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Anxiety Versus Depression

Anxiety and depression are closely related, and many people struggle with both.  Yet research shows that the two experiences are not the same.


When we are anxious, we feel as if negative events may occur at some point in the future.  Our sense of control is shaky but not entirely absent, which makes us highly inclined to engage in avoidance (i.e., doing something instead of just sitting there).


In contrast, depressed people feel as if negative events have already occurred, and there is nothing they can do about it.  The defining behavior of this helpless state is not avoidance.  Depression is a syndrome of withdrawal.


Depressive withdrawal creates great problems for modern human beings.  Yet as biologist Randolph Ness observed, the tendency to “do nothing where there is nothing useful to do” makes evolutionary sense:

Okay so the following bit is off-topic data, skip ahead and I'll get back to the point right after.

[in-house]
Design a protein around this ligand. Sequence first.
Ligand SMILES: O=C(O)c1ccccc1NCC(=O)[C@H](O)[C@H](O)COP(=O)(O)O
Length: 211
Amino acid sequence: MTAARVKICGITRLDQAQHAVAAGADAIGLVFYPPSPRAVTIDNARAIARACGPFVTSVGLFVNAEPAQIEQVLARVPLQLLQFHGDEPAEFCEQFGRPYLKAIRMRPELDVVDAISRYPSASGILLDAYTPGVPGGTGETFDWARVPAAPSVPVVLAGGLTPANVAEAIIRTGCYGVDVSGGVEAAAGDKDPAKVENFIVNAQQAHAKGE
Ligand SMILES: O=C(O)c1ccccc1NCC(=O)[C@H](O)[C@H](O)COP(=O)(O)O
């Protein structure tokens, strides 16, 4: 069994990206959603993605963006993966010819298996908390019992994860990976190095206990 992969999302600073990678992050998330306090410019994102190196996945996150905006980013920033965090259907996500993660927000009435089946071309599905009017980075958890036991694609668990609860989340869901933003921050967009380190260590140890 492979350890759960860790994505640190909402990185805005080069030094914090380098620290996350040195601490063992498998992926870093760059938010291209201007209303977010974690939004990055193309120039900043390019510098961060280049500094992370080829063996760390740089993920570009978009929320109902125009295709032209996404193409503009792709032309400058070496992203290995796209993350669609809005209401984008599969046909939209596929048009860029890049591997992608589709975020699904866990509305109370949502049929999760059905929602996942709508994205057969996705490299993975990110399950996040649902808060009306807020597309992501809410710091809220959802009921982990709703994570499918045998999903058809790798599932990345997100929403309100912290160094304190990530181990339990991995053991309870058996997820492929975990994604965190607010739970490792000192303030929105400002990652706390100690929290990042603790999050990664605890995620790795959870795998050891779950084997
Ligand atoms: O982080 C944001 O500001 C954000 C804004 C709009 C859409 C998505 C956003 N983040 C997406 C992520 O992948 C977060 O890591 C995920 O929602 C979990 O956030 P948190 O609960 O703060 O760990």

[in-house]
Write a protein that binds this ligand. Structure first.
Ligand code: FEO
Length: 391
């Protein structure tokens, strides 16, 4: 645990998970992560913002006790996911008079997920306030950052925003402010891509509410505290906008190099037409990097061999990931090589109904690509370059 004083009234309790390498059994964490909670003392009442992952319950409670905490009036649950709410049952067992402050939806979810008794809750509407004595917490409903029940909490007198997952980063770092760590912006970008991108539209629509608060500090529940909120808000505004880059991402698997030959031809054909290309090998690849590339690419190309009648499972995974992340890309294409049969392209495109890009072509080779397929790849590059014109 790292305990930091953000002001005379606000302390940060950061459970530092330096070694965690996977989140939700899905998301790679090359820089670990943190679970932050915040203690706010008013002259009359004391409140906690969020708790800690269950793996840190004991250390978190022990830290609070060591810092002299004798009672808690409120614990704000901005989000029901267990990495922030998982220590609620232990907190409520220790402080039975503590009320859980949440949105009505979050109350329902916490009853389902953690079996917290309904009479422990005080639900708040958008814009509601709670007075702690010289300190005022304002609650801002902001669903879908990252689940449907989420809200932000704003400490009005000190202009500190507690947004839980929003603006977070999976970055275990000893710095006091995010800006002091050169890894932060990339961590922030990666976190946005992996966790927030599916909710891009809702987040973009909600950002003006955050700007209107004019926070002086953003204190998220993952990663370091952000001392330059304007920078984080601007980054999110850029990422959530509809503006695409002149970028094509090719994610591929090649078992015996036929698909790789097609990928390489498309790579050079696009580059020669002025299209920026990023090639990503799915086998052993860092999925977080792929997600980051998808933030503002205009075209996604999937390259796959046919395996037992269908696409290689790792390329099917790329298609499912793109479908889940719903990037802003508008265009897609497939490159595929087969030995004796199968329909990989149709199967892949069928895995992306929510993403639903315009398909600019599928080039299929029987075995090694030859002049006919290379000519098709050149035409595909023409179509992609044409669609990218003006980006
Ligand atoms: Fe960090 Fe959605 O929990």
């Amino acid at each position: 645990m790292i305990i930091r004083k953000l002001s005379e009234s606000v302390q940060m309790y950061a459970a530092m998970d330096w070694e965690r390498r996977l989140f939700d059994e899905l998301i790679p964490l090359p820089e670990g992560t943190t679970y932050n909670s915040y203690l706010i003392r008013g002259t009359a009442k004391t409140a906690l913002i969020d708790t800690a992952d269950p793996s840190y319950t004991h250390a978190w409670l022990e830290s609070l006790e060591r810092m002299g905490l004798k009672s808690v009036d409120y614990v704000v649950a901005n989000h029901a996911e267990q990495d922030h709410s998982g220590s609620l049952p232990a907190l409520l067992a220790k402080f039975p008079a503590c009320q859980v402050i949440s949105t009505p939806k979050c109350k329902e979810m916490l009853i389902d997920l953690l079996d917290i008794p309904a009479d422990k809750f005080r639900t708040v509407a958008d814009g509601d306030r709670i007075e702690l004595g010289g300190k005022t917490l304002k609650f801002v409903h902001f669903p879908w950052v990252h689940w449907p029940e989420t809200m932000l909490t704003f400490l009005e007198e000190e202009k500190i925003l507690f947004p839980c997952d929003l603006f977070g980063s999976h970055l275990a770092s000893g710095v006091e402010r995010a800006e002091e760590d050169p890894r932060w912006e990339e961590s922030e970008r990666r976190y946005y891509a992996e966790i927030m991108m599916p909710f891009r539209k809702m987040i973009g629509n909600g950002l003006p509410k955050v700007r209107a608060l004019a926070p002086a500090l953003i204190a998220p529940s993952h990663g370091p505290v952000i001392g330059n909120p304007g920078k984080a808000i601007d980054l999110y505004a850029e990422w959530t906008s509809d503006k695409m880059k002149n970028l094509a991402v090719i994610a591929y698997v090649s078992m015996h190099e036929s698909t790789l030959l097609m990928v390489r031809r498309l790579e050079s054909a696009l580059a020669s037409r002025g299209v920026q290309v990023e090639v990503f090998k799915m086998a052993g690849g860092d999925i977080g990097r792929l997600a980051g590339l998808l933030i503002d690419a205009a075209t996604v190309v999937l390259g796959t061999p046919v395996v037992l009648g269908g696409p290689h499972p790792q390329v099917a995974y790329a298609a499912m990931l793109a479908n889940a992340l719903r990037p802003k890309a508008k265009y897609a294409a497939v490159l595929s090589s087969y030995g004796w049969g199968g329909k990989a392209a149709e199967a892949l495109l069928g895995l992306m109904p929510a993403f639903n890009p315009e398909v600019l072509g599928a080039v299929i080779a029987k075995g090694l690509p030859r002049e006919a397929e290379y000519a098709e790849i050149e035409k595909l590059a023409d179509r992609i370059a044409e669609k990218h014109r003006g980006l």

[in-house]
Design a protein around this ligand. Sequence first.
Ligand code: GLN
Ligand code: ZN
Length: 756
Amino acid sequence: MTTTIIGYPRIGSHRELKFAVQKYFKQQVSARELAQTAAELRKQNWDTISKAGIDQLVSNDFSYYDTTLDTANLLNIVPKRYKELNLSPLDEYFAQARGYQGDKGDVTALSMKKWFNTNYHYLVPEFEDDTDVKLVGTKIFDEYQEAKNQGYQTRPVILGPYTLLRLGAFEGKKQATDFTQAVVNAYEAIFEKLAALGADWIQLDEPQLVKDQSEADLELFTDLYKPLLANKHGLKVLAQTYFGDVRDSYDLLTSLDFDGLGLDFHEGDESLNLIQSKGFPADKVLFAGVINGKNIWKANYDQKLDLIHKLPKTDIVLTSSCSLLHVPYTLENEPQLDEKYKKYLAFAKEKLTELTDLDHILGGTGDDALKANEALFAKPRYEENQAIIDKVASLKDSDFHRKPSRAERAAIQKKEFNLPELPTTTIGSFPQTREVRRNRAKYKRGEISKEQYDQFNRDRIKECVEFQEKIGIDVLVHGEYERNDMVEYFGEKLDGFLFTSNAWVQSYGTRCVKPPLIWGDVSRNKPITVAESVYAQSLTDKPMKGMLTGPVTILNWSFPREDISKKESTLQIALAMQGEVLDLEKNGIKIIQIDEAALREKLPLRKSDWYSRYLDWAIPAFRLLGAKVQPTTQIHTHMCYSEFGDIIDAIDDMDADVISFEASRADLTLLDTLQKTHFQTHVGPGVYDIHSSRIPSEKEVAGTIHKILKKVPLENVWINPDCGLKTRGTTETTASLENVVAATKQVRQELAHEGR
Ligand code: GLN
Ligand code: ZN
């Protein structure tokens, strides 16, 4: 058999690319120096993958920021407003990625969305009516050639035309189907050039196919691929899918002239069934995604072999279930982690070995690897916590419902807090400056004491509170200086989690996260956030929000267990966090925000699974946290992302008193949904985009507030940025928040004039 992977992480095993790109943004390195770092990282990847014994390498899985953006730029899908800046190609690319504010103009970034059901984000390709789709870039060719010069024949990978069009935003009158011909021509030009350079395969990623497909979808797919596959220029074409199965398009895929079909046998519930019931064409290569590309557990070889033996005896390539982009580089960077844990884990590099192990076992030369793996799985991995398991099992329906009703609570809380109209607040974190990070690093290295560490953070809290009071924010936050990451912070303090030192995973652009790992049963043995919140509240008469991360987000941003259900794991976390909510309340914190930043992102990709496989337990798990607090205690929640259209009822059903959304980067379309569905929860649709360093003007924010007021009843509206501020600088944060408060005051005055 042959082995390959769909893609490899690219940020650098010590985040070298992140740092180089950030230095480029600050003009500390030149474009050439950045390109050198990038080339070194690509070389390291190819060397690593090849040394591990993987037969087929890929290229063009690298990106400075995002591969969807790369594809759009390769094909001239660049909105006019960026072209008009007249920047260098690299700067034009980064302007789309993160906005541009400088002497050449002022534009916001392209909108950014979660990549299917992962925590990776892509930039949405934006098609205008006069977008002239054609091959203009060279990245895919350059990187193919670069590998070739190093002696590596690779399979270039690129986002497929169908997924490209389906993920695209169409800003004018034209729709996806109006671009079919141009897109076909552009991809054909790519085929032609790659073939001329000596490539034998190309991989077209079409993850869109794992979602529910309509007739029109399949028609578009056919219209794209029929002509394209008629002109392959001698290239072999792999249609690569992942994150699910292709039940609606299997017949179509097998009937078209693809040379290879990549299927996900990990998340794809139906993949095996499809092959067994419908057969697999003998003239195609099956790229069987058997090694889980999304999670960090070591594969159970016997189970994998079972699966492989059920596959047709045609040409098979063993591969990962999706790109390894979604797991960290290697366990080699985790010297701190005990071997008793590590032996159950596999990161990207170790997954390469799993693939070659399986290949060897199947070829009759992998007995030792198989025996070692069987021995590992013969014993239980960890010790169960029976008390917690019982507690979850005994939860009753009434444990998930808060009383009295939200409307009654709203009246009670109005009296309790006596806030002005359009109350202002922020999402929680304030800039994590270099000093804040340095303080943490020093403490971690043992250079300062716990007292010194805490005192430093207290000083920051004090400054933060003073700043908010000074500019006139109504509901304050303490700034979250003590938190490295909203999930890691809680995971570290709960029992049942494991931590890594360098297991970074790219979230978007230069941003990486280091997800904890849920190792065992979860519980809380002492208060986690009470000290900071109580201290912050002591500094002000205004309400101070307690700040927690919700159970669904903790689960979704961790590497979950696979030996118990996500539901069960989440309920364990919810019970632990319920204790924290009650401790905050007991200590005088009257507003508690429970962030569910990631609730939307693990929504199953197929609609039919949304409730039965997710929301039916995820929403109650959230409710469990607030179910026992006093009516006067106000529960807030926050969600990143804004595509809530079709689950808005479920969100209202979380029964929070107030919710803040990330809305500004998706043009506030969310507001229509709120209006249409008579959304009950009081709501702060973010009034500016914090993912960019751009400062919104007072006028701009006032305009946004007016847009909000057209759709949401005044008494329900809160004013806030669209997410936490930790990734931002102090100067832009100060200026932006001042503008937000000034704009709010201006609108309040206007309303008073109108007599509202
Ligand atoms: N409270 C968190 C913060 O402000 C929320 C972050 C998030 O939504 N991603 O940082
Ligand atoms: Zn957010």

Imagine a monkey that lives in a cave.  Every December, its territory becomes overrun with tigers.  And now it is November 1, so the monkey is currently anxious about the arrival of its feline neighbors.

“Soon there could be tigers everywhere, and I might not be able to collect enough bananas to last through the winter,” the anxious monkey thinks to itself.  “But maybe — just maybe — I can if I frantically scurry around!”

When December 1 arrives, however, the threats of the future are no longer potential.  They are here and happening now.  “Tigers are everywhere and there’s nothing I can do,” the depressed monkey concludes as it creeps back into its cave.  “I am helpless and hopeless.  Better lie low, keep out of trouble, and wait for brighter days.”


Dylan M. Kollman, PhD